The conference is designed to explore and create relationships and alliances between business leaders of both continents, allowing them to meet investment partners in a dynamic and vibrant environment of panels and exhibits for the purpose of forming sustainable and capacity-building agribusiness partnerships locally, regionally and internationally.
“Many global commentators agree that this is the `African Century’. For investors, this means an understanding of the available opportunities as well as offering the chance to develop meaningful relationships among those doing business together,” says Ted Alemayhu, Executive Chairman of the event.
Five areas have been identified as being the most attractive for growth, namely agriculture, banking and finance, energy, telecommunications and aviation, travel and tourism. All will be featured at this year’s meeting.
Realizing the need to go beyond discussing issues, ideas and strategies for increasing livelihoods in Africa, the organizers say they are taking bold steps to not only learn how to “fish for our own food but to create partnerships to sell the fish”.
One of the most prominent delegations at the conference are the Zambians.
Zambia is one of the most highly urbanized countries in sub-Saharan Africa with 44% of the population concentrated in a few urban areas, the largest city being the capital Lusaka with more than 1 million people. Unemployment and underemployment are serious problems, while most rural Zambians are subsistence farmers. Yet, in 2010 The World Bank named Zambia as one of the worlds fastest economically reforming countries.
The Zambian economy has historically been based on the copper mining industry, yet attendees here say they are interested in talking about issues such as solar power, farming (agriculture) and financial services.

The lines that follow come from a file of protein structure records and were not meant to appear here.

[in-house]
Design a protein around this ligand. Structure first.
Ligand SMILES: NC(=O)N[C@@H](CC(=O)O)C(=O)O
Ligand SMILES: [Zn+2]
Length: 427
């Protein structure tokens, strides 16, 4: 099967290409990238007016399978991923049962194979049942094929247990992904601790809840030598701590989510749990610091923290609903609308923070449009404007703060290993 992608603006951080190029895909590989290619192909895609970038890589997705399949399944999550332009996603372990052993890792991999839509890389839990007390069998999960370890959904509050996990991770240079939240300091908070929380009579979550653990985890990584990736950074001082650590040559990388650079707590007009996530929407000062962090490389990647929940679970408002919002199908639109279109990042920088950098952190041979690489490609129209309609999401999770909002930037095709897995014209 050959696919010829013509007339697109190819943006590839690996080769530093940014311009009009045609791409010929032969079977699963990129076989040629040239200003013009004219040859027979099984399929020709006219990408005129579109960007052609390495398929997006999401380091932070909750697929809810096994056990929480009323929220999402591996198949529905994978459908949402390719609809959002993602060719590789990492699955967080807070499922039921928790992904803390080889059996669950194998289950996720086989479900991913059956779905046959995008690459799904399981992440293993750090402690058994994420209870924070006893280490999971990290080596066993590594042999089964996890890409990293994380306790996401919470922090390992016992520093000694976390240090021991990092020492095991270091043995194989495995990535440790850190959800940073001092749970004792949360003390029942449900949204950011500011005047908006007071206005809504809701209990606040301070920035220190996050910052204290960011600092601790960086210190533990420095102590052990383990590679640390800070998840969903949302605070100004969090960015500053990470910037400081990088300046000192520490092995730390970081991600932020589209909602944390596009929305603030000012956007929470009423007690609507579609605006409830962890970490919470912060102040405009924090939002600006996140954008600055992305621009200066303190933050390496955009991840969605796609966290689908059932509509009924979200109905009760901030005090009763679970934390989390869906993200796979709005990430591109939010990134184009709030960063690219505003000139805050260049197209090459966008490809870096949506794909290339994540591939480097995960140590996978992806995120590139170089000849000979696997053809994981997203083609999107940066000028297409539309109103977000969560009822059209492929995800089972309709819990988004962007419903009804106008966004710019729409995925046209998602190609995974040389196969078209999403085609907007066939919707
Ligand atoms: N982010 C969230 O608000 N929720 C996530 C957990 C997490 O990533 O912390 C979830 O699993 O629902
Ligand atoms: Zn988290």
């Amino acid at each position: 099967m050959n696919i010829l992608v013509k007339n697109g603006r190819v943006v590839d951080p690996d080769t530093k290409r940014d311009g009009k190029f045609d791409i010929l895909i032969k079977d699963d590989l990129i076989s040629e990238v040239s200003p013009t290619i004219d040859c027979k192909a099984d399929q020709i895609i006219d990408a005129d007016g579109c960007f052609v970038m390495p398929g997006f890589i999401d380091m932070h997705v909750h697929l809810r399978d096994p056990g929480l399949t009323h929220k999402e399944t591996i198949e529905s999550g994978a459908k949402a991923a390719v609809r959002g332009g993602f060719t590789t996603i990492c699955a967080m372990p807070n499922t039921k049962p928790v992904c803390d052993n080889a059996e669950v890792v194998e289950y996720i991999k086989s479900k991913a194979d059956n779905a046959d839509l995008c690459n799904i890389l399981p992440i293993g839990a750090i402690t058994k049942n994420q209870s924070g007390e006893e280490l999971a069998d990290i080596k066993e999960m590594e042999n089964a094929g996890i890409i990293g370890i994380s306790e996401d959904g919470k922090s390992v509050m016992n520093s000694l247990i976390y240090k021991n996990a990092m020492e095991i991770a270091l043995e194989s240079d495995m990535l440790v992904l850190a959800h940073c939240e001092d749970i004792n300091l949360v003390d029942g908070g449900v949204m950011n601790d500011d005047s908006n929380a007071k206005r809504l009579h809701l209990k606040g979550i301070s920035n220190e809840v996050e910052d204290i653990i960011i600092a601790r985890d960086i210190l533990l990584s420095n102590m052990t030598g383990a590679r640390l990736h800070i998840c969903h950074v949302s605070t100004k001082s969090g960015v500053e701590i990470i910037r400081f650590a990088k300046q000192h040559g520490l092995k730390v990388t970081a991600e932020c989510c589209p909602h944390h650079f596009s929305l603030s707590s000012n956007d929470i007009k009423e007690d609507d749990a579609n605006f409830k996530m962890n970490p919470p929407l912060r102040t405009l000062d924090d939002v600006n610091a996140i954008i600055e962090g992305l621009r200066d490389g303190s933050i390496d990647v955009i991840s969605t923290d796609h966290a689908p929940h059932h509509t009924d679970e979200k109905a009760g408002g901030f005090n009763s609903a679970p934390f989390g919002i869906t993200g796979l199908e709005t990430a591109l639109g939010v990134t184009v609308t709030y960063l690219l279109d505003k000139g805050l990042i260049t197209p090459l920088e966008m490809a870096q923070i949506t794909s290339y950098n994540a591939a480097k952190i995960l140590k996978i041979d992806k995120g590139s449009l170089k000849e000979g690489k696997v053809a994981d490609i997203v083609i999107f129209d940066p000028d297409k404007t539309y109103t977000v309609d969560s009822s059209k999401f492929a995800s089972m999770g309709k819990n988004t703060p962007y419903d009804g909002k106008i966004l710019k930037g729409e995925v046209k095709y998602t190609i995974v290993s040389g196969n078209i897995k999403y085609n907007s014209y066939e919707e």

Over the past 30 years the infrastructure in Zambia has been crumbling and the government is seeking not only new investment from the likes of Merrill Lynch, Credit Suisse and Societe Generale - who are all here too - but also from the entrepreneurial Diaspora Zambian community here in the US to help make their homeland a star in the African growth landscape.
This element is so important in fact that the central Zambian government has set up a special office as a representative from the President’s office to the Diaspora community, and given the community a full time staff member.
The country has sent 54 people from Zambia to the first of its kind gathering. More than 50 other people who now live in other countries around the world - such as Belgium, the UK and Canada, and the US - have also come to see how they can be a part of `making Z the first letter of the alphabet’ as Angel Mondoloka, Chief Operating Officer of the Zambian International Trade and Investment Centre, says.
“We are lucky that the previous President Levy Mwanawasa began intensive business reforms in our country before his death (in 2008),” said Mondoloka. “This is our future and we are going to make it happen with smart investment, and entrepreneurship”.
The conference is serving as a matchmaker between small and medium sized businesses in Africa, US counterparts, and investment firms. Participants were asked to submit proposals before the convention began so they could be matched with the most appropriate contacts.
Patrick Kolata, who had travelled from Lusaka, wanted to create a solar power business and has been matched with a solar panel manufacturer. He said, “We have had to learn as Africans to be resourceful, now we want to be cutting edge entrepreneurs. Solar power will be a big industry for us in our future.”
He finished by saying, “We’re ready!”
The formal panels and business expo begin later today.
SAO TOME & PRINCIPE
REGION – Africa and Middle East
CENTRAL AFRICAN REPUBLIC